Tax measure scores legal victory

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By Andrew Michalscheck By Andrew Michalscheck
By Mike Gertzman By Mike Gertzman
By Mike Gertzman By Mike Gertzman
By Mike Gertzman By Mike Gertzman
By Mike Gertzman By Mike Gertzman

PHOENIX -- It was a big victory Wednesday for those who want to extend a temporary sales tax increase for education.

Maricopa County Court Judge Robert Oberbillig ruled that a measure seeking to keep the tax hike can go on the ballot.

Secretary of State Ken Bennett had tried blocking the measure from moving forward over a clerical error but the judge did not see it his way.

Bennett could still appeal the decision. Matt Roberts, a spokesman for his office, said his boss will likely make that decision by the end of the week.

But that didn't stop supporters of the Quality Education and Jobs Act from celebrating. Ann-Eve Pedersen, a spokeswoman for the measure, said she was very pleased with the outcome.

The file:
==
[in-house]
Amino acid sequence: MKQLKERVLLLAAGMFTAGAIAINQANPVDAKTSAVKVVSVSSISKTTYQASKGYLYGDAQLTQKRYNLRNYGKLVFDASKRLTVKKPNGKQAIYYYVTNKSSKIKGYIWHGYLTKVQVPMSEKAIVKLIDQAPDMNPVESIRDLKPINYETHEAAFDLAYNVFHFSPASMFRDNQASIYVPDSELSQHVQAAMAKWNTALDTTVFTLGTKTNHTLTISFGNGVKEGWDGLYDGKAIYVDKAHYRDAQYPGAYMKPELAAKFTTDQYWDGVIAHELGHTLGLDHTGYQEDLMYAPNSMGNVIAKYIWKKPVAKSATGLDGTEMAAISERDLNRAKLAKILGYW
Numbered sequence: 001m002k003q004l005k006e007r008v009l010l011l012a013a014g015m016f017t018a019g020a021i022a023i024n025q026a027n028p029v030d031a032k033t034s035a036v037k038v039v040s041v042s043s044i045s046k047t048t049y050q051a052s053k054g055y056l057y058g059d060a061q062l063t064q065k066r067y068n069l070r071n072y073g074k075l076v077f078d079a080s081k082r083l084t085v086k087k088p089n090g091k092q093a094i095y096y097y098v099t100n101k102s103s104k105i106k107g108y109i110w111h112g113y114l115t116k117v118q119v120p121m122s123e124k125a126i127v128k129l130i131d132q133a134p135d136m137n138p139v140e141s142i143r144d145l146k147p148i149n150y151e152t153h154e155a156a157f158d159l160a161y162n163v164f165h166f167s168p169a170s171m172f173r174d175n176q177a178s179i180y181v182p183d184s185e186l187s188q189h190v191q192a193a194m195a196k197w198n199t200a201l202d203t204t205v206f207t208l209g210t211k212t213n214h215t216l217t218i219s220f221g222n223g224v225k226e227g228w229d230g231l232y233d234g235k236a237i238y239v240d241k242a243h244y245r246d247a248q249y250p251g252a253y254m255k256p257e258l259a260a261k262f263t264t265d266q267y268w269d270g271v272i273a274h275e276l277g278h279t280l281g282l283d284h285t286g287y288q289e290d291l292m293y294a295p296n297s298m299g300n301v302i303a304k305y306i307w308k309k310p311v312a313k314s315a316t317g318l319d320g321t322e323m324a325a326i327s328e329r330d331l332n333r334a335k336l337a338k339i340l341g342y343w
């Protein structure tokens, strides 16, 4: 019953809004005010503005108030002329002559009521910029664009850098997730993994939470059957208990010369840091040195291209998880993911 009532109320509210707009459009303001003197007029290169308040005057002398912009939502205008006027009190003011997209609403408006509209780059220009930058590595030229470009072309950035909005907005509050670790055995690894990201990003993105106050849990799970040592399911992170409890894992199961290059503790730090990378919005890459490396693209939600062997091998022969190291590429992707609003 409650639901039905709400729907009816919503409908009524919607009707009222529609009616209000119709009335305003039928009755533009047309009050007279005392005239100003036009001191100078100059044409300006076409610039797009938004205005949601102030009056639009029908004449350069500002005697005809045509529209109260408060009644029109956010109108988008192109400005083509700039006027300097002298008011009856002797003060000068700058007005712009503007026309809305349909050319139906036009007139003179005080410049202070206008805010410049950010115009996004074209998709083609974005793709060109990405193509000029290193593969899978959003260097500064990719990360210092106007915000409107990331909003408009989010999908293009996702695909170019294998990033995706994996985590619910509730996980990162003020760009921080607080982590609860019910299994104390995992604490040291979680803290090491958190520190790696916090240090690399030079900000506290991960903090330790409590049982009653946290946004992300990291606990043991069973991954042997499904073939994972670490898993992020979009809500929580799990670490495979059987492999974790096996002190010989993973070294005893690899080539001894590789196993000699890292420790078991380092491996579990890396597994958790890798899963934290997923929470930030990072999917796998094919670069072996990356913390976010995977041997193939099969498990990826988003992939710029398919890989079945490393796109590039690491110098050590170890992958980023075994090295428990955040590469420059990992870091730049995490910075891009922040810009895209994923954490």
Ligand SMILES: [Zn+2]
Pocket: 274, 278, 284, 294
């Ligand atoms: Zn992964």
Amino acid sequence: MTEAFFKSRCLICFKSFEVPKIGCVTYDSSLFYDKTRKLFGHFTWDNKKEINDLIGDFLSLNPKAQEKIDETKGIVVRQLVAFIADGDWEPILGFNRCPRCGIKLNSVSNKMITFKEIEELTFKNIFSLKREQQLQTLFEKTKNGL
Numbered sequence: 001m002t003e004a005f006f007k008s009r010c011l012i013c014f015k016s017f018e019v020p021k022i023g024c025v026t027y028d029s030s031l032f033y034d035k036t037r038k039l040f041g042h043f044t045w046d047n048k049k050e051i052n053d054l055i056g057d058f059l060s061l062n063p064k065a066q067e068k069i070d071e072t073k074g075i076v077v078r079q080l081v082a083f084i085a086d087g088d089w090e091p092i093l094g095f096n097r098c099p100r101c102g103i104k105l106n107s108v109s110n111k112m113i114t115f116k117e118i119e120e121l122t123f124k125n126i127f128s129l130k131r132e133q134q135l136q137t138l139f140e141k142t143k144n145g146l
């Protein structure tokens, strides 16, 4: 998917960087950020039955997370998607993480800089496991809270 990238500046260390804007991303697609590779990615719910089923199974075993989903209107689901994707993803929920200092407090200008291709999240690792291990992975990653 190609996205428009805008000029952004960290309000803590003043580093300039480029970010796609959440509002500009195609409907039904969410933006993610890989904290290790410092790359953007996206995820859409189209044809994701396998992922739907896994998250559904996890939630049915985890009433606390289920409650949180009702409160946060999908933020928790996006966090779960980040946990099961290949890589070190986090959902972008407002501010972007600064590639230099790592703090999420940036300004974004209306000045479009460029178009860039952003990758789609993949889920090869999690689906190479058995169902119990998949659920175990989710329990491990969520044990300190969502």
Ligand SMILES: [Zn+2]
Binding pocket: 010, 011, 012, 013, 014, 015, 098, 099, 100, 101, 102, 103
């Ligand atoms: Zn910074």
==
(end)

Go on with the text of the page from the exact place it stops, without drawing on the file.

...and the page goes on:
"What Judge Oberbillig did is he correctly applied the law and the constitution and he really questioned why we were even in court today," Pedersen said outside the courthouse in Phoenix.

Election officials still have to finish up the paperwork before officially placing the question on the fall ballot. Should it pass, the nearly $1 billion in added revenue would go mostly toward education.

George Cunningham, the treasurer for the citizen group pushing for the tax hike, said that is where the money is needed the most.

"It's well understood by the people of the state of Arizona that Arizona’s K-12 education is grossly underfunded we're still on a per student basis in the bottom two states 49th or 50th or whatever," Cunningham said.

In 2010, Governor Jan Brewer pushed for a three year temporary sales tax increase saying at the time that the state needed the money to survive the economic recession.

Voters eventually approved the measure by big numbers, but Brewer has said she won't support the tax increase this time around. The governor said she might even campaign against it.